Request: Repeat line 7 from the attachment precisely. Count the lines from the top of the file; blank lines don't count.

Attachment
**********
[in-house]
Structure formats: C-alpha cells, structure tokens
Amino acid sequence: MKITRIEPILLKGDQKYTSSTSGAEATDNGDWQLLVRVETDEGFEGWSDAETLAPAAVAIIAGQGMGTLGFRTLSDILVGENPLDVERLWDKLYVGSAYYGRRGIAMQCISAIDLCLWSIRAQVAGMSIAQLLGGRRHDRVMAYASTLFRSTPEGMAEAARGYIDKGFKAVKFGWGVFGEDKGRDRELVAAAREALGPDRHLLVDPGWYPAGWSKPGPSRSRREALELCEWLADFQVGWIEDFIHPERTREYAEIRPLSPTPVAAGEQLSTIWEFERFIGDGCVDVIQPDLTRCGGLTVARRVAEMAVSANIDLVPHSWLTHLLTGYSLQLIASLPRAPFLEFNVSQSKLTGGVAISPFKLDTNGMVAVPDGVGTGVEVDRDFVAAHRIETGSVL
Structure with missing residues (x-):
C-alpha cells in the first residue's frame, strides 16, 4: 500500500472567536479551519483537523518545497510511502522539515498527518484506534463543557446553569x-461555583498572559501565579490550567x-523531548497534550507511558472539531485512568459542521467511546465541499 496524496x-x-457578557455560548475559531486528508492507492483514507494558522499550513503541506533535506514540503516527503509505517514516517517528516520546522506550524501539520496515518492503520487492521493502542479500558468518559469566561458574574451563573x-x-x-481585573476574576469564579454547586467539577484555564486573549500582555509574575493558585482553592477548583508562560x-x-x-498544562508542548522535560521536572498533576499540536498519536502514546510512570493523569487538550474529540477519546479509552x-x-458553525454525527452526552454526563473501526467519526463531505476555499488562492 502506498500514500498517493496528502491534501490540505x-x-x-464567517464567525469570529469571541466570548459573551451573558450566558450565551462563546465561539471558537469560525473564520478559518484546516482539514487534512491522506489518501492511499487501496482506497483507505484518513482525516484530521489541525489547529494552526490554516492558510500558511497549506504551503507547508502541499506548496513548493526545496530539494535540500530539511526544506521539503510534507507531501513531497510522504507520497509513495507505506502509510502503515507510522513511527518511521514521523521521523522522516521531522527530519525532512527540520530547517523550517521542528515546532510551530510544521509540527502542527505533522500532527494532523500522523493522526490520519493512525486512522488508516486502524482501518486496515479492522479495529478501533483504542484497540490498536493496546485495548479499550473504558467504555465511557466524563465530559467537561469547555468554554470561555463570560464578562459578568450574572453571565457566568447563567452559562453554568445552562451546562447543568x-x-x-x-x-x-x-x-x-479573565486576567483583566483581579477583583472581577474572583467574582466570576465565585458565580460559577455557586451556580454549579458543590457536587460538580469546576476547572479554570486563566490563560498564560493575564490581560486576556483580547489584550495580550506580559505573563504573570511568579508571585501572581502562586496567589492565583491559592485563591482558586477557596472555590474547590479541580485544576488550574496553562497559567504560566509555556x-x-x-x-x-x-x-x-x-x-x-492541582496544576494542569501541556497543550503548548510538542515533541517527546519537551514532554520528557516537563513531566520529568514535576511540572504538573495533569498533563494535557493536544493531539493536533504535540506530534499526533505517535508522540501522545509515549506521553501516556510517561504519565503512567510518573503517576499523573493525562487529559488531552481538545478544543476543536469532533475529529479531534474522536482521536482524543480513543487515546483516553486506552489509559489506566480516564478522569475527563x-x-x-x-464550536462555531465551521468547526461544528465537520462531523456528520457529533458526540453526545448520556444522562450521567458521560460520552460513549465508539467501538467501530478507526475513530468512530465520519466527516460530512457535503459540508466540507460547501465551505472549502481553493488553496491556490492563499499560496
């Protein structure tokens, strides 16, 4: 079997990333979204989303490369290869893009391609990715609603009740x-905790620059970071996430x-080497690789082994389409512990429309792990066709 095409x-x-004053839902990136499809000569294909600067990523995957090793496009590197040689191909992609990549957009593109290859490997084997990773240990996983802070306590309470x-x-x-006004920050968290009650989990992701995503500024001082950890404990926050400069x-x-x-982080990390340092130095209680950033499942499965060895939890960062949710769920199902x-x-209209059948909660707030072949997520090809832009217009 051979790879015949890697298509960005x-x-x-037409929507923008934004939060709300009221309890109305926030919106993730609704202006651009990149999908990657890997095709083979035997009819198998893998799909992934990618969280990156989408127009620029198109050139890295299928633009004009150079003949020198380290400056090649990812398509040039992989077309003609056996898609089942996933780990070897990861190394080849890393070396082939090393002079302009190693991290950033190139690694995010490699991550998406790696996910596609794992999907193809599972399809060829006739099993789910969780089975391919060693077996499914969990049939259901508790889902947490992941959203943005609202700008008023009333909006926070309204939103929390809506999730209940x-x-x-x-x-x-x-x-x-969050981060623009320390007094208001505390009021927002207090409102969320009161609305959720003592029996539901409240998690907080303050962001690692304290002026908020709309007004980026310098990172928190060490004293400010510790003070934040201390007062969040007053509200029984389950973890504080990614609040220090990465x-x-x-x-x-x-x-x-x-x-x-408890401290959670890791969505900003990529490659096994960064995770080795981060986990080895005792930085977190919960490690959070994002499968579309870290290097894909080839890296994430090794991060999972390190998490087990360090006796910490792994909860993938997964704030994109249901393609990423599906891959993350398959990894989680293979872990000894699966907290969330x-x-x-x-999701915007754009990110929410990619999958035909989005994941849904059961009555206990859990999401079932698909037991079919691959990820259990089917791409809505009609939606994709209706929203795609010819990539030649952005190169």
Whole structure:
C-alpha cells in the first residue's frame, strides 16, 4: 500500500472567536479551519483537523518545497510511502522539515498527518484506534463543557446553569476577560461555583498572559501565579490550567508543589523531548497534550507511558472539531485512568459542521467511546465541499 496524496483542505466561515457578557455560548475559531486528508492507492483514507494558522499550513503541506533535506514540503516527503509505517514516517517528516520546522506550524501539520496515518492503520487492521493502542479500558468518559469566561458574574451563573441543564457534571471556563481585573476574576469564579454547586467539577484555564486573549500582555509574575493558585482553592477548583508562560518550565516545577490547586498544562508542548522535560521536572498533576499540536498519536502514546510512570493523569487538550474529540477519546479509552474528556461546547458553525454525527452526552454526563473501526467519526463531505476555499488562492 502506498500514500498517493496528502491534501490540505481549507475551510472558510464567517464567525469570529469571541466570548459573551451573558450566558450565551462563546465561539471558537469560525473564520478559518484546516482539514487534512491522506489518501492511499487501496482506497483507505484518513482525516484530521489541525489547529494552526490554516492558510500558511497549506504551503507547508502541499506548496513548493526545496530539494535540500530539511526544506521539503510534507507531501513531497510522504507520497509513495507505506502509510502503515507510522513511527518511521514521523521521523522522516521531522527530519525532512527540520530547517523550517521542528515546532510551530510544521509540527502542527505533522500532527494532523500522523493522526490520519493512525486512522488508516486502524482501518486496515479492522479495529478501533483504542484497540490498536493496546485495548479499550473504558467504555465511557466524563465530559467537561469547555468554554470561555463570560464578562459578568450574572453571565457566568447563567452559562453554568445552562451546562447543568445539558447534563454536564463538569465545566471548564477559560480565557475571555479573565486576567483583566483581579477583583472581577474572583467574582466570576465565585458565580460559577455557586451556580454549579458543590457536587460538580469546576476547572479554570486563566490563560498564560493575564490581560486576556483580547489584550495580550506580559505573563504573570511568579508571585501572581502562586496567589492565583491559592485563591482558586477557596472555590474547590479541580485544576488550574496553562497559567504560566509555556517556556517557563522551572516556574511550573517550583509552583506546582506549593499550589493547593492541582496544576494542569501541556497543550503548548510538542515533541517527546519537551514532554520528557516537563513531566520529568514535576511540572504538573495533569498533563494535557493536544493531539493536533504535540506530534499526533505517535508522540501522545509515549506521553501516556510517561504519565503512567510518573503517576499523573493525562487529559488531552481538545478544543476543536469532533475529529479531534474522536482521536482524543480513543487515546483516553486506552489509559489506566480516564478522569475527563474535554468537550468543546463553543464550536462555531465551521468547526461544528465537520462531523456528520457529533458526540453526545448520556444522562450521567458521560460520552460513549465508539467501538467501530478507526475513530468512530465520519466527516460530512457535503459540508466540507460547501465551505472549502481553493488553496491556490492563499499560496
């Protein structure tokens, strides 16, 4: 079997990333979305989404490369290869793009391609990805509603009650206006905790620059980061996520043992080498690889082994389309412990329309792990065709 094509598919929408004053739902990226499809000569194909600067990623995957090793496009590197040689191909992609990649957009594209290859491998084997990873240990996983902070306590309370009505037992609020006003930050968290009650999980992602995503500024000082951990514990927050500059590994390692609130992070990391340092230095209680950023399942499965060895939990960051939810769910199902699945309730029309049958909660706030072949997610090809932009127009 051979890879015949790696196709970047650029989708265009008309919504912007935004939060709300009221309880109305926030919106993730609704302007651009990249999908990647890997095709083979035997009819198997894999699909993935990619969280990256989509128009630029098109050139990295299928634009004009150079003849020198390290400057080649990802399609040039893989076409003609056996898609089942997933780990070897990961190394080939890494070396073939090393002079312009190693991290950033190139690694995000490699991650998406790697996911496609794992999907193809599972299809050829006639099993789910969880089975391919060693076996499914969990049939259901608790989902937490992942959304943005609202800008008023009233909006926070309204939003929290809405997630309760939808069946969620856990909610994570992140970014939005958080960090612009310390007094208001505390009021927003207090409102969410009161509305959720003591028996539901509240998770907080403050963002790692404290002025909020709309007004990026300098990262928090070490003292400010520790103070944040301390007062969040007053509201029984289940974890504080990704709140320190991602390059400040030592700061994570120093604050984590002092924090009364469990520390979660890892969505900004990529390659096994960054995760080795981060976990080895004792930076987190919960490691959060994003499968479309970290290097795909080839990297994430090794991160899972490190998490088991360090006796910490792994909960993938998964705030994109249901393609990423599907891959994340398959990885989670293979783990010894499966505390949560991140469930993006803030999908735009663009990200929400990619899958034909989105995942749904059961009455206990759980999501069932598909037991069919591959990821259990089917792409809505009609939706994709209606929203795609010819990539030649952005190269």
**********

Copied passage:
Whole structure: